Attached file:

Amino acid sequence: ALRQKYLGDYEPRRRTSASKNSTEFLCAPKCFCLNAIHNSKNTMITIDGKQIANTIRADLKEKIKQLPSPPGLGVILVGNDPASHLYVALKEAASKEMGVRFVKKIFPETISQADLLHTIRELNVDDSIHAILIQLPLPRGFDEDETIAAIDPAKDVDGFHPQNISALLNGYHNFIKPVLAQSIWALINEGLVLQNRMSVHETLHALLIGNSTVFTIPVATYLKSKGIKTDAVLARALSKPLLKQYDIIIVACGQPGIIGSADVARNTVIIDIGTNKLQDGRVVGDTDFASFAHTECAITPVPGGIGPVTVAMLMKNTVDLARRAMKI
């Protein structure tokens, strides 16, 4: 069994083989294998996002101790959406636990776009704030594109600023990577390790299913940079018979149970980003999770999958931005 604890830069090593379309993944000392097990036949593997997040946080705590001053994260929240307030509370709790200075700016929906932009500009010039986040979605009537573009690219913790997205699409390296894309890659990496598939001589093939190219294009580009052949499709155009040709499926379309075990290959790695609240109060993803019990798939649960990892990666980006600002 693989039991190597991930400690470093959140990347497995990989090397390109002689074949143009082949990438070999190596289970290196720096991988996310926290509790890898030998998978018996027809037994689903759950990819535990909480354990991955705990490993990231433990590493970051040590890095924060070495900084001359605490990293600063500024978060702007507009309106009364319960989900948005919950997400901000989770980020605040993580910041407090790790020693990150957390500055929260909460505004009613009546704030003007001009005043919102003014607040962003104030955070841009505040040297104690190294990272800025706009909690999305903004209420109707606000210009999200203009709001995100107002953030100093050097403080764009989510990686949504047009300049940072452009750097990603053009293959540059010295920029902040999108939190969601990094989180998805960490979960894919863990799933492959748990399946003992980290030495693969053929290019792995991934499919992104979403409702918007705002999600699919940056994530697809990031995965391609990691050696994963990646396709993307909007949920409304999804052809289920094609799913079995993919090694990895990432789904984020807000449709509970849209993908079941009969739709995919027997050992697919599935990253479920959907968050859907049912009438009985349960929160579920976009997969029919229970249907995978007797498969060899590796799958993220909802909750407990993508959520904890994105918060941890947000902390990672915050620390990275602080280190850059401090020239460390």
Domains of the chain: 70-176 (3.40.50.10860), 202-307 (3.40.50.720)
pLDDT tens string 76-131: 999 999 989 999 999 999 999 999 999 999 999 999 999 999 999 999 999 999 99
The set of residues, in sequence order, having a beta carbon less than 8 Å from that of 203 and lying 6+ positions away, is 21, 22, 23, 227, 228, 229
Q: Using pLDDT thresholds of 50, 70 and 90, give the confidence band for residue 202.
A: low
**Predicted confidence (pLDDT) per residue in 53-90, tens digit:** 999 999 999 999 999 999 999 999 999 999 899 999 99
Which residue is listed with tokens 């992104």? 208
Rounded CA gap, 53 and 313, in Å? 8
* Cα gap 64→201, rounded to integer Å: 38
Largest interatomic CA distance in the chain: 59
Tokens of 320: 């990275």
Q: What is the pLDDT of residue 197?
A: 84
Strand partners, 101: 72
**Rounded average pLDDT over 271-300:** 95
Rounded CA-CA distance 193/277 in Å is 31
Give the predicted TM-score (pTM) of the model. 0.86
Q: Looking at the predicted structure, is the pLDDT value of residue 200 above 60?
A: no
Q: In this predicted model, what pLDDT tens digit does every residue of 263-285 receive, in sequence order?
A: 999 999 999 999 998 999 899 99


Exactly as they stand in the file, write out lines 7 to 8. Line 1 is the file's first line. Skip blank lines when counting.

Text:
A: low
**Predicted confidence (pLDDT) per residue in 53-90, tens digit:** 999 999 999 999 999 999 999 999 999 999 899 999 99